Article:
- Daily Zen
On the 17th of December, the National Association for Business Economics released its forecast, indicating that the U.S. economy would probably see a moderate growth in 2013. Analysts underline that the modest growth will be pushed mainly by a recovery in housing sector which will balance visible weaknesses in business investment though. Also the U.S. job market will pick up slightly in the coming year, according to the survey.
The forecast of the National Association for Business Economics illustrates that the U.S. will see the growth of about 2.1 percent in 2013. Another survey, which was issued in October, projected that the country would see a growth of approximately 2.2 percent in the current year. However it should be underlined that analysts are convinced that growth will slowly rise in 2013. It means that the U.S. will not see a revolutionary change in the pace of its growth. Dr. Nayantara Hensel, chairwoman of the NABE Outlook Survey, underlined that the 48 association’s economists agreed that the U.S. would see a substantiallyabated growth in investments in sectors such as nonresidential structures, software and industrial production as well.
Even though the predicted increase is not likely to make an ample improvement in joblessness, the level of unemployment is expected to be around 7.7 percent in 2013. According to the survey conducted by the largest international association of analysts, non-farm job growth is to climb to about 165,000 posts per month in 2013. In 2012, the average growth in non-farm jobs was over 150,000 posts per month. On the 7th of December, the U.S. Labor Department informed that it estimated that the median annual unemployment rate in the current year would be around 7.7 percent, compared to the previous forecast of approximately 8.1 percent. In addition, figures showed the U.S. unemployment rate decreased to roughly 7.7 percent in November, compared to about 7.9 percent in October.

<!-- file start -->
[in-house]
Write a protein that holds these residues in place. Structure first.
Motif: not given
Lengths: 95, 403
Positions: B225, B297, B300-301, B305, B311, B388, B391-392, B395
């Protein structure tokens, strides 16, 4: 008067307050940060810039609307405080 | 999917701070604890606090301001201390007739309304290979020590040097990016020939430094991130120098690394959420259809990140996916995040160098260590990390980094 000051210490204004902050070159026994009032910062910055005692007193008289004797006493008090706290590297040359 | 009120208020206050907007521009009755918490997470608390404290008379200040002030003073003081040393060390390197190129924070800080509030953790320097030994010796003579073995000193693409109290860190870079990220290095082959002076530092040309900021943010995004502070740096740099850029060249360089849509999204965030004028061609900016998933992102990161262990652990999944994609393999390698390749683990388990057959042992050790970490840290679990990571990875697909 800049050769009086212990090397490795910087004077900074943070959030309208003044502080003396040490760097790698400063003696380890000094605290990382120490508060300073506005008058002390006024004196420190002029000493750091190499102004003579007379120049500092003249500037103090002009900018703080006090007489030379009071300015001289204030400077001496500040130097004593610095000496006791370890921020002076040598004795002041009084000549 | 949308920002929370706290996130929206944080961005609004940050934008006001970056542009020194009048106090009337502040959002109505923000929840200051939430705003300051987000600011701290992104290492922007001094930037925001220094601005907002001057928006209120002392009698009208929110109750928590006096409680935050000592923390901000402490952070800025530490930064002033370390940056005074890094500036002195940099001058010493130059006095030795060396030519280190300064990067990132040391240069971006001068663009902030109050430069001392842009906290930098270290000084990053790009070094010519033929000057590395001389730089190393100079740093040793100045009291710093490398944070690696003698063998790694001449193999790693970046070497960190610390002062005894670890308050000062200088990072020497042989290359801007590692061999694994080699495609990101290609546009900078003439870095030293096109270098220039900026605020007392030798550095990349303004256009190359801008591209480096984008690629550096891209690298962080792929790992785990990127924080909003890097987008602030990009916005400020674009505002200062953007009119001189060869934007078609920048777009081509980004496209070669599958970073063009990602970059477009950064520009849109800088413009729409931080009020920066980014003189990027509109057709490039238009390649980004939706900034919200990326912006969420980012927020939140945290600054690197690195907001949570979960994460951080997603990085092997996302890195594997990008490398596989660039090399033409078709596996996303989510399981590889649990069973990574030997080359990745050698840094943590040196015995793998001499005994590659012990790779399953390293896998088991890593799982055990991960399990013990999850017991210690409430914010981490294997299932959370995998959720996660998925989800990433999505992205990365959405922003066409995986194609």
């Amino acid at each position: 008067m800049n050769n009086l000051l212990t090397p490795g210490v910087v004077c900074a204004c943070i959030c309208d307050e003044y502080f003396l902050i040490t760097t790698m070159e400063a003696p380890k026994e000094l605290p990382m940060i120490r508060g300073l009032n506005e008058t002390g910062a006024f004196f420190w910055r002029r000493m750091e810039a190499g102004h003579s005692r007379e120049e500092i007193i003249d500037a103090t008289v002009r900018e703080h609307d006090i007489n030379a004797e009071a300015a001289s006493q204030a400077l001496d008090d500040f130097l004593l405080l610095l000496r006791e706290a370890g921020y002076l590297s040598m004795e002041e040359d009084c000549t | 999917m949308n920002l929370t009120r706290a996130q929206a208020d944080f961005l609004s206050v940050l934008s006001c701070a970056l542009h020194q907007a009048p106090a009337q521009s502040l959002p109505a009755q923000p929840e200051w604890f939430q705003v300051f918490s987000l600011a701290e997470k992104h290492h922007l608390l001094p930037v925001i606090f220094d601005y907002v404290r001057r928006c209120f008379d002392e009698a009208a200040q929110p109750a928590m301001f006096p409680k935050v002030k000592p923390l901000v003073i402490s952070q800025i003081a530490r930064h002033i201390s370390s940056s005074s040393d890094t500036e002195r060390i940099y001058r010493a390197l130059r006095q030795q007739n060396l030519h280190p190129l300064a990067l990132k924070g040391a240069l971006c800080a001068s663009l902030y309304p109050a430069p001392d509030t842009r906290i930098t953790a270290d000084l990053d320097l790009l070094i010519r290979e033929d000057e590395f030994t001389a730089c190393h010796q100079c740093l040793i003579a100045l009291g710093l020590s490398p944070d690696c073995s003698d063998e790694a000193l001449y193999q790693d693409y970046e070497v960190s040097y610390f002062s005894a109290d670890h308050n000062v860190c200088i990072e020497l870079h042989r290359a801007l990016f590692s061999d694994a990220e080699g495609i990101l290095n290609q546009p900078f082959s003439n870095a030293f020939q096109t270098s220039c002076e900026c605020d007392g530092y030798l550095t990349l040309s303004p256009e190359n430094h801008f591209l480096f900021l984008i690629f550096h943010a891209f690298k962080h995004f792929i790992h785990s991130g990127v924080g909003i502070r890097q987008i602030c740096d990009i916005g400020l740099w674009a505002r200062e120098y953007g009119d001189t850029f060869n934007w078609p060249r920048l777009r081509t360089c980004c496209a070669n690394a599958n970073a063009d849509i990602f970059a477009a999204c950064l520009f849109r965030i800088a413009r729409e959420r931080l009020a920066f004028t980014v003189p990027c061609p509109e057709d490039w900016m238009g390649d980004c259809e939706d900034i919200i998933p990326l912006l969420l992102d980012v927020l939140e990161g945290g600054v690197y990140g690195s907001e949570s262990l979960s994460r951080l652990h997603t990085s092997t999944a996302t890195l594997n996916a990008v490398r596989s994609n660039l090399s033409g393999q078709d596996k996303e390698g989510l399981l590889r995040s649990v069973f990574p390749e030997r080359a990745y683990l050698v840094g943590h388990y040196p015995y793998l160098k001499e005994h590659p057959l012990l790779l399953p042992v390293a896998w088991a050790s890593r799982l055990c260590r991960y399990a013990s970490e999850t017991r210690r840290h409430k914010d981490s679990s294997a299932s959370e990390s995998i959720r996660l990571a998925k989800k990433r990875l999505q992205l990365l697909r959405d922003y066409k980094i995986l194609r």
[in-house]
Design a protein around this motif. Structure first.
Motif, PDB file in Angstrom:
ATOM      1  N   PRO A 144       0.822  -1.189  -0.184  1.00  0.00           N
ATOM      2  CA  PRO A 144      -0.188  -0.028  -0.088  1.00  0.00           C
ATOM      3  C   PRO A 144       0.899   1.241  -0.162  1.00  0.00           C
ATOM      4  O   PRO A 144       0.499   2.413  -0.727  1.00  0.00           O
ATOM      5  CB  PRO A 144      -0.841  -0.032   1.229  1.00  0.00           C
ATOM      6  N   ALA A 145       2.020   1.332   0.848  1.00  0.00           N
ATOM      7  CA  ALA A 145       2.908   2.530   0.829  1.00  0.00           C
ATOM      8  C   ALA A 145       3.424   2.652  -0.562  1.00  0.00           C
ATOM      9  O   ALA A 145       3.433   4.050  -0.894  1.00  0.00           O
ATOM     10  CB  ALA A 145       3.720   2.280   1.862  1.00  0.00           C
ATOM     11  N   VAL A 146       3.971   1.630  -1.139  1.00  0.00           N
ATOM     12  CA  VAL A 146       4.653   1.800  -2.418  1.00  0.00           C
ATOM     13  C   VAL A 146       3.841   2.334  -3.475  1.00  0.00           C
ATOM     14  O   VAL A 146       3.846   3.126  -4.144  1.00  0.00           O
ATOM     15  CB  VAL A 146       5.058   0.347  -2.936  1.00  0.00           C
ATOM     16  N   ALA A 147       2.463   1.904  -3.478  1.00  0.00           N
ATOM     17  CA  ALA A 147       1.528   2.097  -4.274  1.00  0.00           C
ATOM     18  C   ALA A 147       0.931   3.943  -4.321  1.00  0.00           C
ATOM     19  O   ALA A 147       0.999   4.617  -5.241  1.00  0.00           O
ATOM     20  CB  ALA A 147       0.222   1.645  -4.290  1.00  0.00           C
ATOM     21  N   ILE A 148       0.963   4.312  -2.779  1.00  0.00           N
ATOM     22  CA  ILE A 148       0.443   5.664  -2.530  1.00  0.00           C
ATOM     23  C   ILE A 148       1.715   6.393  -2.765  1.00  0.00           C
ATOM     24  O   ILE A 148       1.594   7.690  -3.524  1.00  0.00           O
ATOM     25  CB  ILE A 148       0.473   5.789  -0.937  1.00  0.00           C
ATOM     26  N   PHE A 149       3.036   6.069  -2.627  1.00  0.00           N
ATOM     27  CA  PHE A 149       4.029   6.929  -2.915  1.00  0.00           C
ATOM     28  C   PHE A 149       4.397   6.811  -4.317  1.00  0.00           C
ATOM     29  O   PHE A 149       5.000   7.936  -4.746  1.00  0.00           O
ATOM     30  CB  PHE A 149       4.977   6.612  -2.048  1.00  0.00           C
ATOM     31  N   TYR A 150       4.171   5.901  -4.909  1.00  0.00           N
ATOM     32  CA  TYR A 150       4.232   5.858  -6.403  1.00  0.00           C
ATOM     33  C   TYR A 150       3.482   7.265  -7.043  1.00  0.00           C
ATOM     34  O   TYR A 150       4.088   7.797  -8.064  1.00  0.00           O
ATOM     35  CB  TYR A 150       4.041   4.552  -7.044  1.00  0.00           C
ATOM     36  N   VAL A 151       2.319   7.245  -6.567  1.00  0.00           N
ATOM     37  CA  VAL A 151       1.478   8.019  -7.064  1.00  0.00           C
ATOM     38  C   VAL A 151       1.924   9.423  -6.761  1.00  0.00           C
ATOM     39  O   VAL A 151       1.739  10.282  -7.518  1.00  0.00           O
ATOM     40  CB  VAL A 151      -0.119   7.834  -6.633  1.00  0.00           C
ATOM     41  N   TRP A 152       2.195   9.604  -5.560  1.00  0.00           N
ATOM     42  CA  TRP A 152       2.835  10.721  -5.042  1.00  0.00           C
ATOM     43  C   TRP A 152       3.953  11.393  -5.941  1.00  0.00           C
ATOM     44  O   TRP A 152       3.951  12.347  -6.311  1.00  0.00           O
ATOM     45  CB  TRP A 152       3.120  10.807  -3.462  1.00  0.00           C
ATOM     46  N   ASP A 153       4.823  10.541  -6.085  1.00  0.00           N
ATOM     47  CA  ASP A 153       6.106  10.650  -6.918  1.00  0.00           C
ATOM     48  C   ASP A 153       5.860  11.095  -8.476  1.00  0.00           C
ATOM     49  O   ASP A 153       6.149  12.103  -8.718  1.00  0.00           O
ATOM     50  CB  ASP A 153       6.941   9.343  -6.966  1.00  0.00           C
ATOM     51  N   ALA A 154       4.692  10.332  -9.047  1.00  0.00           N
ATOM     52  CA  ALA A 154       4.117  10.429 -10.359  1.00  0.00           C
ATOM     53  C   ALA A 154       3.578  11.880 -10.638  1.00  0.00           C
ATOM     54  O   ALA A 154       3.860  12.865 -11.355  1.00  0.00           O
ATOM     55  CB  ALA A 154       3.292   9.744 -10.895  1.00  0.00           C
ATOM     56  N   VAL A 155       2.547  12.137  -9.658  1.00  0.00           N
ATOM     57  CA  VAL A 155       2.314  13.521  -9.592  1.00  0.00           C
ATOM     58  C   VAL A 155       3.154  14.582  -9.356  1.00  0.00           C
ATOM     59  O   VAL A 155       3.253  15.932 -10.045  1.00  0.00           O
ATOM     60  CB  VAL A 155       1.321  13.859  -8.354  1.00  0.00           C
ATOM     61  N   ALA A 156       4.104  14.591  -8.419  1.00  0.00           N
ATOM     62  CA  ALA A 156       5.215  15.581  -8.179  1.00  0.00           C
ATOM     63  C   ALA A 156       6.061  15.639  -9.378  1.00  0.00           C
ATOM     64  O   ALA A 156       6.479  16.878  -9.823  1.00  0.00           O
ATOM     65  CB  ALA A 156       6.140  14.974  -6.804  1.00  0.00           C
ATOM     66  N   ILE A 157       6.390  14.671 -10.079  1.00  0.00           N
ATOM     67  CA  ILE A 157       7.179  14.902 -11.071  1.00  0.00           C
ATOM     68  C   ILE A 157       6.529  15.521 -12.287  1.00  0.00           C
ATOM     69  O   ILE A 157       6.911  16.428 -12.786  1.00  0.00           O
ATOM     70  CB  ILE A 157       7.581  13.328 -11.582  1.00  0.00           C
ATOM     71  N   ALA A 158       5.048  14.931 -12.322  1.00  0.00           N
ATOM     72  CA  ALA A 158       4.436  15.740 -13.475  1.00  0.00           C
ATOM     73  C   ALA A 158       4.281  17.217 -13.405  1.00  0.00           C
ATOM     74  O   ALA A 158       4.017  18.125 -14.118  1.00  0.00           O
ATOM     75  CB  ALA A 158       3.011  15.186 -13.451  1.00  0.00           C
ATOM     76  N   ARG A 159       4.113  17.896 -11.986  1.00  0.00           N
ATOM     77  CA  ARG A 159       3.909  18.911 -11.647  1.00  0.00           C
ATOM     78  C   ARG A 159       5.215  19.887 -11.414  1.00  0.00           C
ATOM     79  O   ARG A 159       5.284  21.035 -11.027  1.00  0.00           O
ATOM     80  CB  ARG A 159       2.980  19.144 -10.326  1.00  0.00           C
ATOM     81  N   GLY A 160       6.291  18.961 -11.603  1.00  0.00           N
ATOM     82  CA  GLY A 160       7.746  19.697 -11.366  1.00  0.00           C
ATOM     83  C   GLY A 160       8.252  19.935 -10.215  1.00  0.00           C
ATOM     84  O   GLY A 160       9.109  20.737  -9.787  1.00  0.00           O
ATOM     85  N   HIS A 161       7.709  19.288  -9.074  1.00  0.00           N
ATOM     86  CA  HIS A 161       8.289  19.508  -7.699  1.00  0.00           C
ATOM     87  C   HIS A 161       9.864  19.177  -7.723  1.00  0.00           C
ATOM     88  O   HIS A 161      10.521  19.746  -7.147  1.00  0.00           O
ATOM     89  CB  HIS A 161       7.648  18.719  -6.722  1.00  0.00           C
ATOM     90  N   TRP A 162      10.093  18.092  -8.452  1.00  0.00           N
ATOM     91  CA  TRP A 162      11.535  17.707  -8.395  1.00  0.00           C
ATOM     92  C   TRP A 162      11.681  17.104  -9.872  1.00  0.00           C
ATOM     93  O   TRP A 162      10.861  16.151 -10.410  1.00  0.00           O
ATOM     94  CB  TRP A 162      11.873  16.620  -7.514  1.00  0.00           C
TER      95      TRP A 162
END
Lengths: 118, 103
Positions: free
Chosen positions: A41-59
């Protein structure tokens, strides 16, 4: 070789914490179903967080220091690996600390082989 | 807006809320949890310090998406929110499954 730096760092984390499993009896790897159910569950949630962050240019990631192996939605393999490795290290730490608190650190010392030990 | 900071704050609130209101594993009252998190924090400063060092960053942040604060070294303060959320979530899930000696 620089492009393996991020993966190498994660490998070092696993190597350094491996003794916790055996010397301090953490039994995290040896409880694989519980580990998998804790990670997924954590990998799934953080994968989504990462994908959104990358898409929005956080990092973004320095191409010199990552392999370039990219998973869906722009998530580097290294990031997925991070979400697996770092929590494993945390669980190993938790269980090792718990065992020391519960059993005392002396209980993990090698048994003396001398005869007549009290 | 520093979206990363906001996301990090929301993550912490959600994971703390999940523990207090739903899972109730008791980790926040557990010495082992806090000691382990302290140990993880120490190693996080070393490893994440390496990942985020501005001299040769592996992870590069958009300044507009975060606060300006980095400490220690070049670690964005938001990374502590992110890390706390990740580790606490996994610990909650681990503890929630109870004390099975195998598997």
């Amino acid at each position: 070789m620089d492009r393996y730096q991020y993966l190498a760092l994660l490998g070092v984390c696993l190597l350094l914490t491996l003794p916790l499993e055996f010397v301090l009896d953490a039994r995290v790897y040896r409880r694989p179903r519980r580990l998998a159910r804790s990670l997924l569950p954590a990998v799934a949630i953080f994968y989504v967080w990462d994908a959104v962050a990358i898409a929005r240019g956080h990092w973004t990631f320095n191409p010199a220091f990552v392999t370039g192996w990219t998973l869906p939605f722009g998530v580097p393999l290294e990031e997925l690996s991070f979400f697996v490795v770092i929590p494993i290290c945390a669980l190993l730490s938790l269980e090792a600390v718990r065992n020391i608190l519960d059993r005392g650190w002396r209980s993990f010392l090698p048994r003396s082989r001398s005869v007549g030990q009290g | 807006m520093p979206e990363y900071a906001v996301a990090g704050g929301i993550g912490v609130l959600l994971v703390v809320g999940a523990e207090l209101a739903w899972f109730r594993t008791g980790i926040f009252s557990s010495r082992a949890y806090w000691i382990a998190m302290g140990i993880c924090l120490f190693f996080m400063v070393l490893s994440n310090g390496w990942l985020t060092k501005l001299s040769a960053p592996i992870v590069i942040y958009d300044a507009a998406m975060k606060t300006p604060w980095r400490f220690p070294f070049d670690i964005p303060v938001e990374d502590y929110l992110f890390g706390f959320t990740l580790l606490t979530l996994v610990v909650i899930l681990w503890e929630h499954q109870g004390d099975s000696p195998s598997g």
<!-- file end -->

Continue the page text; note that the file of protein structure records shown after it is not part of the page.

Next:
While working on the forecast, analysts of the National Association for Business Economics took into account not only the European debt crisis, but also concerns over economic woes which have been faced by the U.S. government.
Analysts are strongly convinced that the U.S. government is to come to an end of the fiscal cliff. This conviction was loudly and strongly expressed by Nayantara Hensel, head of the NABE panel, who added that investors would not be doubtful if budget and tax matters were solved.
In addition, analysts expect that housing is to be a exceptional examample of the growth as the U.S. is said to see an increase of 12 percent in residential investment in 2013. More than 900,000 new homes will be build in the coming year, up over 20 percent in 2012. As for home prices, analysts estimate that they will jump about 3.5 percent. Even though business investment in equipment and structures is expected to be rather apathetic in the coming year, the survey of the National Association for Business Economics brings winds of optimism and faith in the U.S. economy.